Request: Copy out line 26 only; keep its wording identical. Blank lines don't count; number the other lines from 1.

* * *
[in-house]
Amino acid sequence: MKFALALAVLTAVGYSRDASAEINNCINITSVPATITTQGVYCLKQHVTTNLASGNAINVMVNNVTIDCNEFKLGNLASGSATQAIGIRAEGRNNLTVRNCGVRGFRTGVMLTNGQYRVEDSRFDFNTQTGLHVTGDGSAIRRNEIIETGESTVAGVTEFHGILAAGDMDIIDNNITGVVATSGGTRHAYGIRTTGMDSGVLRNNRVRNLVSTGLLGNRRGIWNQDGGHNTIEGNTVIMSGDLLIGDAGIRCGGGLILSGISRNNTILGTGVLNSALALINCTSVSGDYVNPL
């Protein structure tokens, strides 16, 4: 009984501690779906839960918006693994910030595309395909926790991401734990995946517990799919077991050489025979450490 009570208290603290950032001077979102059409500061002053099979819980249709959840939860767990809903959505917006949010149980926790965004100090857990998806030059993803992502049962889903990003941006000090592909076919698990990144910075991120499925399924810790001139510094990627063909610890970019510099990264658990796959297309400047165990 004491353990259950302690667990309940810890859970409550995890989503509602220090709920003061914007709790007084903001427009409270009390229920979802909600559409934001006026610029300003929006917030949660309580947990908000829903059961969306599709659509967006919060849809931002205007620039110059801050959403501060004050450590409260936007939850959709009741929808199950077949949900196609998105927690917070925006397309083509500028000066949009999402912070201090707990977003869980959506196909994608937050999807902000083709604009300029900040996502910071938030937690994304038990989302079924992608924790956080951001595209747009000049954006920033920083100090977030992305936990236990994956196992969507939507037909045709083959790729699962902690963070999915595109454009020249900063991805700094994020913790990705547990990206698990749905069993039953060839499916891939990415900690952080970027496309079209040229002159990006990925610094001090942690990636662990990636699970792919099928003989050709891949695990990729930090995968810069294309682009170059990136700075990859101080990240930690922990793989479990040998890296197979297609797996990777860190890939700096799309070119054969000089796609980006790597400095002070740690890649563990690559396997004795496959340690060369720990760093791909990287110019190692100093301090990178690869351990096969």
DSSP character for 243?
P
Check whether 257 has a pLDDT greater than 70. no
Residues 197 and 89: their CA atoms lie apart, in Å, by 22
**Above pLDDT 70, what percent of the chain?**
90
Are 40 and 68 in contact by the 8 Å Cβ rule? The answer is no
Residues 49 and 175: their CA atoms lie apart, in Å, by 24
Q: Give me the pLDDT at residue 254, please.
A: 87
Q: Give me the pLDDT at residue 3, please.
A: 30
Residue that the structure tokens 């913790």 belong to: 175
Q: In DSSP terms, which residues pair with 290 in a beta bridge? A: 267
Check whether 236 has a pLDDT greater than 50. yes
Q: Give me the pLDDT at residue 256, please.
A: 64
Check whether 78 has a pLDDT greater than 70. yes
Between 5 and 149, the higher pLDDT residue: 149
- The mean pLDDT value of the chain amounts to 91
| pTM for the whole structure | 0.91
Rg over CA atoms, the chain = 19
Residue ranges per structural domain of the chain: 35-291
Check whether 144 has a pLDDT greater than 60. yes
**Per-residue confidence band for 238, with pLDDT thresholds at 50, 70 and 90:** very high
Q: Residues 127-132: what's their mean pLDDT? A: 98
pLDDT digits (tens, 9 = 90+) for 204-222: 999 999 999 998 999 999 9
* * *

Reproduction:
Residue ranges per structural domain of the chain: 35-291